Exercising with Your Dog
If Your Dog is Getting Fat, You're Probably Not Getting Enough Exercise
Getting in shape isn't just something we do for ourselves, it's also important for dogs. You get an exercise companion that's almost always eager and ready to go, your pet gets to enjoy the world. But before you take Fido out for a morning jog, there are a few things you need to do first.
Let's start with the obvious. If you don't already own a dog, you need to choose a breed that both enjoys and is physically capable of staying up with you. For example, a dachshund doesn't have long enough legs to go very far and bulldogs are extremely sensitive to heat. But German Shepherds, Collies or English Sheepdogs are all bred for herding and enjoy moving around. Greyhounds, Golden Retrievers and Staffordshire Terriers are good running breeds too.
Avoid the very large dogs like Great Danes or Bullmastiffs. Often they have lower energy levels, more difficulty moderating body temperature and some are prone to hip dysplasia. That doesn't mean you can't or shouldn't take them out for walks or your warm-up, but jogging may be a problem.
Your best bet is a medium-built dog that weighs between 50 and 70 pounds and has short hair. Mixed breeds or mutts often have an advantage over purebreds because they tend to be less prone to genetic problems. There are plenty of mutts waiting for attention at your local dog shelter or pound.
If you've already got a dog, but he's too small to jog, too ill to go out or otherwise unable to join you, all is not lost. There are plenty of dog owners who are too busy to regularly exercise their pets. Check with friends or neighbors that have dogs and see if they would let you take them out.
Once you have a dog, you need to get them ready for a run the same way you prepare, with a physical. Dogs with pre-existing conditions such as heartworms or a heart murmur need to be cleared by a veterinarian first. It's a good idea to get a vet checkup no matter what condition your dog appears to be in.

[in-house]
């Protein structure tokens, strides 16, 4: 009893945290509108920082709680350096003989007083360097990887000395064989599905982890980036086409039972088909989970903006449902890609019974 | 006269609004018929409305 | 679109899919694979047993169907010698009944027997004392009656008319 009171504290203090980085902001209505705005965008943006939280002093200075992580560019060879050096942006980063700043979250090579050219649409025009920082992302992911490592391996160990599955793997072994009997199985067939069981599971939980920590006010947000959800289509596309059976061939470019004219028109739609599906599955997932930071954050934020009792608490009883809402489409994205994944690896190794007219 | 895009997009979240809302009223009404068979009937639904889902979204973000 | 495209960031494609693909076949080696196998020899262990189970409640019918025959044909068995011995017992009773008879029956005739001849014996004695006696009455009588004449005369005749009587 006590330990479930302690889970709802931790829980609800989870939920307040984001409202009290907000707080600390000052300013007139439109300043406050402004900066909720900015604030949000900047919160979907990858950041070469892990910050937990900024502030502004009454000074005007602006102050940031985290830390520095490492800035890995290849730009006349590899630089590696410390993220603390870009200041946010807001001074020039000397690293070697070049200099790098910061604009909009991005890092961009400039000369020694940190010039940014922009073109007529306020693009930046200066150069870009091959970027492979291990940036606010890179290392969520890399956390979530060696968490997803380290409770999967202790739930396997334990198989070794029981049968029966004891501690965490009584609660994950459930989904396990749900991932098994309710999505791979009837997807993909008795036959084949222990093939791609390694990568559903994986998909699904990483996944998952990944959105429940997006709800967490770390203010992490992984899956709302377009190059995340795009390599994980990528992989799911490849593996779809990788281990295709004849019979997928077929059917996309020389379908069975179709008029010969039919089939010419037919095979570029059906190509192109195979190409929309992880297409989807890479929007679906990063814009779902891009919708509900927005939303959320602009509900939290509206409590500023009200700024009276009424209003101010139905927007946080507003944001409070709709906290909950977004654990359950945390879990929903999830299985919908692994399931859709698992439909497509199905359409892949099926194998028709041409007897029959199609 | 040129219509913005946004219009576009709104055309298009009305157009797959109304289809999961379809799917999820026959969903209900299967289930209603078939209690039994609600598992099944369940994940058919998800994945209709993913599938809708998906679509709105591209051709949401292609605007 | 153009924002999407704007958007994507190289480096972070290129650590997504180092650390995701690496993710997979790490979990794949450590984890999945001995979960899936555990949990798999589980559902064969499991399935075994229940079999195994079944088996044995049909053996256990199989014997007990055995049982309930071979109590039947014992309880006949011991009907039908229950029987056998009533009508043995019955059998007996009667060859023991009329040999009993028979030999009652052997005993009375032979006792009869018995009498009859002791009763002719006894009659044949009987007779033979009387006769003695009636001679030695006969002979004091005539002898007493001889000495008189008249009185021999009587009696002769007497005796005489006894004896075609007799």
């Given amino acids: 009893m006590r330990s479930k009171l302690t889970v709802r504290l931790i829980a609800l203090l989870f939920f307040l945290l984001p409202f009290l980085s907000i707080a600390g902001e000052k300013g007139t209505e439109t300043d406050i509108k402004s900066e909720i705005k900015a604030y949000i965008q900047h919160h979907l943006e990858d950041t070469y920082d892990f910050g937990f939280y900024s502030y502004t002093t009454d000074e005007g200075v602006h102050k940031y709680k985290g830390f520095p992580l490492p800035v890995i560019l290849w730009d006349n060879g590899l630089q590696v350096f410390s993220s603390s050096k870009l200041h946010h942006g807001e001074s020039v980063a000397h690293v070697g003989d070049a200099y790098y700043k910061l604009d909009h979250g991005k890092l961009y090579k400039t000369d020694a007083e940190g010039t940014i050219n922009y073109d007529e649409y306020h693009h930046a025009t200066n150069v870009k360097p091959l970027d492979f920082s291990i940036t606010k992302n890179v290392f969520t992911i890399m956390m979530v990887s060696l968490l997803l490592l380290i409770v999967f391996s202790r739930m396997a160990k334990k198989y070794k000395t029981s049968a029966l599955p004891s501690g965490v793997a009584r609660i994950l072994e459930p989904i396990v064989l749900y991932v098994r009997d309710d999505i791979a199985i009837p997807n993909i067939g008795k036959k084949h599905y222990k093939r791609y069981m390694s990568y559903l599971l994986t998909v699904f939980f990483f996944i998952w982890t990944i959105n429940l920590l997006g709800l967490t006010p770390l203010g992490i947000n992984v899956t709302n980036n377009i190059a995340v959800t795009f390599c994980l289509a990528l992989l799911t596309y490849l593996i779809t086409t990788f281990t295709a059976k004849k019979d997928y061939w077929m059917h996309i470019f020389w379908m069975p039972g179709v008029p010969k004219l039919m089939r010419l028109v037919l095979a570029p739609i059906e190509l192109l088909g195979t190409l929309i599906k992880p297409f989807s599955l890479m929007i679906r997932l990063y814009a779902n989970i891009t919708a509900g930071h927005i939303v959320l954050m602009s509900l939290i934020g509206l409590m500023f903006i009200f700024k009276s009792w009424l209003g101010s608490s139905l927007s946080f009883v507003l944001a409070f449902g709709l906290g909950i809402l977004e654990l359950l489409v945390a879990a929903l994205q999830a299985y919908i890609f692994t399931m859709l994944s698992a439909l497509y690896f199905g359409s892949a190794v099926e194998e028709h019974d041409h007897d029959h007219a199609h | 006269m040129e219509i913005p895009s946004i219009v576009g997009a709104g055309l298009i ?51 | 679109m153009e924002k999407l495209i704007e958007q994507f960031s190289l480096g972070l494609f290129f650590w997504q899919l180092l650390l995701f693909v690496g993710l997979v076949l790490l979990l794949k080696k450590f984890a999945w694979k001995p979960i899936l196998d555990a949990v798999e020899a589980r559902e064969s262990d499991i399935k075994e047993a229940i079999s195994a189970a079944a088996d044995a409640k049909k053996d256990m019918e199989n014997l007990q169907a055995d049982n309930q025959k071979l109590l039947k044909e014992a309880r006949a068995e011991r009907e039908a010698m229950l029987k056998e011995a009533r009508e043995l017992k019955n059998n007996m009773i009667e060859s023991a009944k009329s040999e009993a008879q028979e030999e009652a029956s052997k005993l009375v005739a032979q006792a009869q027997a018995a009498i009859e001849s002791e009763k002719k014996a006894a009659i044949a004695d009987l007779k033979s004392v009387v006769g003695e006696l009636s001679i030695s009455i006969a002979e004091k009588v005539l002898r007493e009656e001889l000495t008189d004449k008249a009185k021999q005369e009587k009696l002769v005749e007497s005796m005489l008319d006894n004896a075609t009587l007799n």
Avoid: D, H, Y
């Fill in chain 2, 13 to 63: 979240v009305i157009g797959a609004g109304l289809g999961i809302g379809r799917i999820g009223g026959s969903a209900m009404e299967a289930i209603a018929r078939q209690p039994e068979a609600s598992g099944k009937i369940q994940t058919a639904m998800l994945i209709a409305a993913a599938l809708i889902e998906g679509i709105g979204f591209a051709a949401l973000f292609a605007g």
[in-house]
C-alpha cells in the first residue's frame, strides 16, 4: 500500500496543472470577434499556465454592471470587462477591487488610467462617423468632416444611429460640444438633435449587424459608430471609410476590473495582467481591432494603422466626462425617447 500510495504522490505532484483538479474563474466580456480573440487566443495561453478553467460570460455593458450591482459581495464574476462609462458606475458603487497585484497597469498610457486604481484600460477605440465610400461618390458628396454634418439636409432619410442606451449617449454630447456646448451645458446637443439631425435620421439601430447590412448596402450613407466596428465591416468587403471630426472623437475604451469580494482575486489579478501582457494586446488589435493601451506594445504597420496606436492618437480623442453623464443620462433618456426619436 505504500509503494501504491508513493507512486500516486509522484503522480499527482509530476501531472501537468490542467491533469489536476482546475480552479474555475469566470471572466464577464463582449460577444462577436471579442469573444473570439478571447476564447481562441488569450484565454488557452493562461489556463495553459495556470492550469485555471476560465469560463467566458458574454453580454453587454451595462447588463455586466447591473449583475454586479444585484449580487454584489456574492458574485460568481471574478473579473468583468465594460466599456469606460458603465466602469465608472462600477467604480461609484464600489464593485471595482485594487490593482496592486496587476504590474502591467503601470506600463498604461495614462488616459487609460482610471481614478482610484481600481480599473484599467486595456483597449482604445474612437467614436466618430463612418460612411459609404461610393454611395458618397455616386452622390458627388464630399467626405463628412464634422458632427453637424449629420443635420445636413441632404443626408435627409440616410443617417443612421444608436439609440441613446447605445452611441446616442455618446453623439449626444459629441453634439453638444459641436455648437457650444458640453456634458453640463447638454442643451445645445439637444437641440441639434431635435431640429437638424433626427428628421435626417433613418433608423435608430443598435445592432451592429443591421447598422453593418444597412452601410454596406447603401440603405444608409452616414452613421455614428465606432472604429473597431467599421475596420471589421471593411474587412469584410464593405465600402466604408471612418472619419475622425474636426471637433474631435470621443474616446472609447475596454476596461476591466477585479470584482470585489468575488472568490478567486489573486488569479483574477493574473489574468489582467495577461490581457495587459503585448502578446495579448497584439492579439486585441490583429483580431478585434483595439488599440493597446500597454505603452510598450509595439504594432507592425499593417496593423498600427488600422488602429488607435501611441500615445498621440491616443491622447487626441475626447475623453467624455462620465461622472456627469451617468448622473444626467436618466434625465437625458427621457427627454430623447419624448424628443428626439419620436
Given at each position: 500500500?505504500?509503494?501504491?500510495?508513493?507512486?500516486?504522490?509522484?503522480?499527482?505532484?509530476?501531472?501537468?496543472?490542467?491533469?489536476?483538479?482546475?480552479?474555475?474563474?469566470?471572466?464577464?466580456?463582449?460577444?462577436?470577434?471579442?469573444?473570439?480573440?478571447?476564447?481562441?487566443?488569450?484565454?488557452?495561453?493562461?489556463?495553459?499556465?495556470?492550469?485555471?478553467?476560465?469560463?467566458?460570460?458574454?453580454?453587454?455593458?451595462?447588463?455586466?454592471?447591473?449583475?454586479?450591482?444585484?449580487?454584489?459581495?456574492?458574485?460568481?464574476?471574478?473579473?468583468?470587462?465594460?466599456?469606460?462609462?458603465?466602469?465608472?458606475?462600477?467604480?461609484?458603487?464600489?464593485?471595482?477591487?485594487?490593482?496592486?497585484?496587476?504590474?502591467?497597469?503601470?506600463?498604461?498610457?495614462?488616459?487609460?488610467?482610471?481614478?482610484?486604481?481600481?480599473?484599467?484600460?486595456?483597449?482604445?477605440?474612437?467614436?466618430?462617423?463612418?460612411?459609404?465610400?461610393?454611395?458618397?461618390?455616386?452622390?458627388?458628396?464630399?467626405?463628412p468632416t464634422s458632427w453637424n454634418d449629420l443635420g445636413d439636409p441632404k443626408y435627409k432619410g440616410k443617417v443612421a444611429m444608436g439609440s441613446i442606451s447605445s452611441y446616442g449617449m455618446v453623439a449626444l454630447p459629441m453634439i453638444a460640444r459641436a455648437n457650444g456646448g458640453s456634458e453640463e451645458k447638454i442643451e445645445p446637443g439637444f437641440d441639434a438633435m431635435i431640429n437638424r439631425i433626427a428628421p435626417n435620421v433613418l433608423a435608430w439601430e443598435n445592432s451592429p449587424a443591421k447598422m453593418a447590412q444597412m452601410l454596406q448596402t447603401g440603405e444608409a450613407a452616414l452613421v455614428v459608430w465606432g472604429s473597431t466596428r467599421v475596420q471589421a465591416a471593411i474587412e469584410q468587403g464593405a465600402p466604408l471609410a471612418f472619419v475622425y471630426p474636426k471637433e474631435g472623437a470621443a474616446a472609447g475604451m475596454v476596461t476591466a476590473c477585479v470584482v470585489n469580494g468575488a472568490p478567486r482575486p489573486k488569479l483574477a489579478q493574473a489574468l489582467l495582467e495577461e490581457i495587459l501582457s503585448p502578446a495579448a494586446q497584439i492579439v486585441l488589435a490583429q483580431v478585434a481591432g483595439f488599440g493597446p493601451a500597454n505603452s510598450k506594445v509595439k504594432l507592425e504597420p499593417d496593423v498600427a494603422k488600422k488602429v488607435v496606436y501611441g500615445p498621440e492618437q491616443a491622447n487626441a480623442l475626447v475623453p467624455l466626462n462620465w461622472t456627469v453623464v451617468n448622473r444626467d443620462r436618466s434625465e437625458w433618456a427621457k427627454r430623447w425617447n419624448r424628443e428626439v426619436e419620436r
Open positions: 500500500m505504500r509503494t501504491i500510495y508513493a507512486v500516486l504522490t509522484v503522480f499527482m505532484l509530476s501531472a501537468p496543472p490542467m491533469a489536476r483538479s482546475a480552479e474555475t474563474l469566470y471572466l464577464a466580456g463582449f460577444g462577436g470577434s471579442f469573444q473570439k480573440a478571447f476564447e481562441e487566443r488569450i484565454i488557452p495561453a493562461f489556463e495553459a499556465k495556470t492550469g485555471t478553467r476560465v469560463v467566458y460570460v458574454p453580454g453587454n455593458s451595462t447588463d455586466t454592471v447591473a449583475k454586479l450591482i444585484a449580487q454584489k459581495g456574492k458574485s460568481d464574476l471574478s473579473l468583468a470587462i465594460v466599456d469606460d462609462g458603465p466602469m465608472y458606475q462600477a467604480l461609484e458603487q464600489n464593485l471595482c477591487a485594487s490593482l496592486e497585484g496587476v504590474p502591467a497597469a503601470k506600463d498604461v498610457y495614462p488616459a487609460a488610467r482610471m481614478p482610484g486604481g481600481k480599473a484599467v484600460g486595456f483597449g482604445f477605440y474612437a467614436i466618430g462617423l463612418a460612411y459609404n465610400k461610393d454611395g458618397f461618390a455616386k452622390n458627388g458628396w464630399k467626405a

Don't start running with a puppy. It takes a few months for the bones to harden and the animal to be trained properly. Smaller dogs can start as early as six months, for medium and larger size dogs, you might need to wait a full year.
Start slow. Walk with your dog 10 to 15 minutes, once or twice a day to begin. Your first walk should be to determine stamina. If they're still running around, bouncing and excited, you can generally keep going. No matter how enthusiastic he or she may be, limit the first few walks to 20 minutes or less. As you both get in shape, you can add more time; build-up to jogging and eventually longer runs.
Don't be surprised if your pet is sore the day after your first walk. Just like humans, it can take their muscles a little time to adjust to the exercise, repair and grow strong.
Never bring your dog with you for the longest runs. Anything over 3 to 5 miles can be too much, even for animals in the best of shape. Generally the smaller the dog, the shorter distances they can handle. If you want to run a half or full marathon, plan your route so you can drop your pet off after their portion of the run. Then you can continue with your training.
Check your dogs' paws at the start and end of every outing. You're looking for blisters, cuts or tenderness. If you see a problem, don't take your dog out again until after they've healed. Remember to keep their toenails trimmed so they don't snag it on anything when they run.
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